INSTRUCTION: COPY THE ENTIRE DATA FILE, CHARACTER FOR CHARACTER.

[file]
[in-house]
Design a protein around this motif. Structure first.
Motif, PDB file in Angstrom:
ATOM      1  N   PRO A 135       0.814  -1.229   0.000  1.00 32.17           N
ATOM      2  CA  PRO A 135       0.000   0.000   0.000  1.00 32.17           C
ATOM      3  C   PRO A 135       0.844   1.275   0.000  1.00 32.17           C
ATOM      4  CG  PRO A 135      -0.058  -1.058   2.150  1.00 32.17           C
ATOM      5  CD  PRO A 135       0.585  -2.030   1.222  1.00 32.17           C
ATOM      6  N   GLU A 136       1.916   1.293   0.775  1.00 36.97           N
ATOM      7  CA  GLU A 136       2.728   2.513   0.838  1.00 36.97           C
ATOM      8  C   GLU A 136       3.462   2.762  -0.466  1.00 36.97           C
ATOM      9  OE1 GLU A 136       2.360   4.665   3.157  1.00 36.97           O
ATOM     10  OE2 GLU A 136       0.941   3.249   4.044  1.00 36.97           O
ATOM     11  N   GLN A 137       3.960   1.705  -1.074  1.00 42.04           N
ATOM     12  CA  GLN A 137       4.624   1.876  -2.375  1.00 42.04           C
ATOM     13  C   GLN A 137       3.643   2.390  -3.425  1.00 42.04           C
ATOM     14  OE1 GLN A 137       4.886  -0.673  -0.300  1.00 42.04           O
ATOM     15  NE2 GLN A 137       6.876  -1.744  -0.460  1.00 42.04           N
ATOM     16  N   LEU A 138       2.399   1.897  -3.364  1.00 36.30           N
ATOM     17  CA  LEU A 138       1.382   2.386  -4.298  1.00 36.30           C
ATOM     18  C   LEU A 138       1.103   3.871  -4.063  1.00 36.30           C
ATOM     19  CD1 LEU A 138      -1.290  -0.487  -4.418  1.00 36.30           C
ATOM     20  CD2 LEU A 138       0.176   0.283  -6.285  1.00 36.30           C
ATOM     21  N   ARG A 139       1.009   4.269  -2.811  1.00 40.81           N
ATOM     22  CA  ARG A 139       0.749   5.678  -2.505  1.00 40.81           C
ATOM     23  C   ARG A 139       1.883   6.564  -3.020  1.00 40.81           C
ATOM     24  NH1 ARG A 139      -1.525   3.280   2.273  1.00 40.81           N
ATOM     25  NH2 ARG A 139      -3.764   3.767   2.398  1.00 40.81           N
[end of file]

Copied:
[in-house]
Design a protein around this motif. Structure first.
Motif, PDB file in Angstrom:
ATOM      1  N   PRO A 135       0.814  -1.229   0.000  1.00 32.17           N
ATOM      2  CA  PRO A 135       0.000   0.000   0.000  1.00 32.17           C
ATOM      3  C   PRO A 135       0.844   1.275   0.000  1.00 32.17           C
ATOM      4  CG  PRO A 135      -0.058  -1.058   2.150  1.00 32.17           C
ATOM      5  CD  PRO A 135       0.585  -2.030   1.222  1.00 32.17           C
ATOM      6  N   GLU A 136       1.916   1.293   0.775  1.00 36.97           N
ATOM      7  CA  GLU A 136       2.728   2.513   0.838  1.00 36.97           C
ATOM      8  C   GLU A 136       3.462   2.762  -0.466  1.00 36.97           C
ATOM      9  OE1 GLU A 136       2.360   4.665   3.157  1.00 36.97           O
ATOM     10  OE2 GLU A 136       0.941   3.249   4.044  1.00 36.97           O
ATOM     11  N   GLN A 137       3.960   1.705  -1.074  1.00 42.04           N
ATOM     12  CA  GLN A 137       4.624   1.876  -2.375  1.00 42.04           C
ATOM     13  C   GLN A 137       3.643   2.390  -3.425  1.00 42.04           C
ATOM     14  OE1 GLN A 137       4.886  -0.673  -0.300  1.00 42.04           O
ATOM     15  NE2 GLN A 137       6.876  -1.744  -0.460  1.00 42.04           N
ATOM     16  N   LEU A 138       2.399   1.897  -3.364  1.00 36.30           N
ATOM     17  CA  LEU A 138       1.382   2.386  -4.298  1.00 36.30           C
ATOM     18  C   LEU A 138       1.103   3.871  -4.063  1.00 36.30           C
ATOM     19  CD1 LEU A 138      -1.290  -0.487  -4.418  1.00 36.30           C
ATOM     20  CD2 LEU A 138       0.176   0.283  -6.285  1.00 36.30           C
ATOM     21  N   ARG A 139       1.009   4.269  -2.811  1.00 40.81           N
ATOM     22  CA  ARG A 139       0.749   5.678  -2.505  1.00 40.81           C
ATOM     23  C   ARG A 139       1.883   6.564  -3.020  1.00 40.81           C
ATOM     24  NH1 ARG A 139      -1.525   3.280   2.273  1.00 40.81           N
ATOM     25  NH2 ARG A 139      -3.764   3.767   2.398  1.00 40.81           N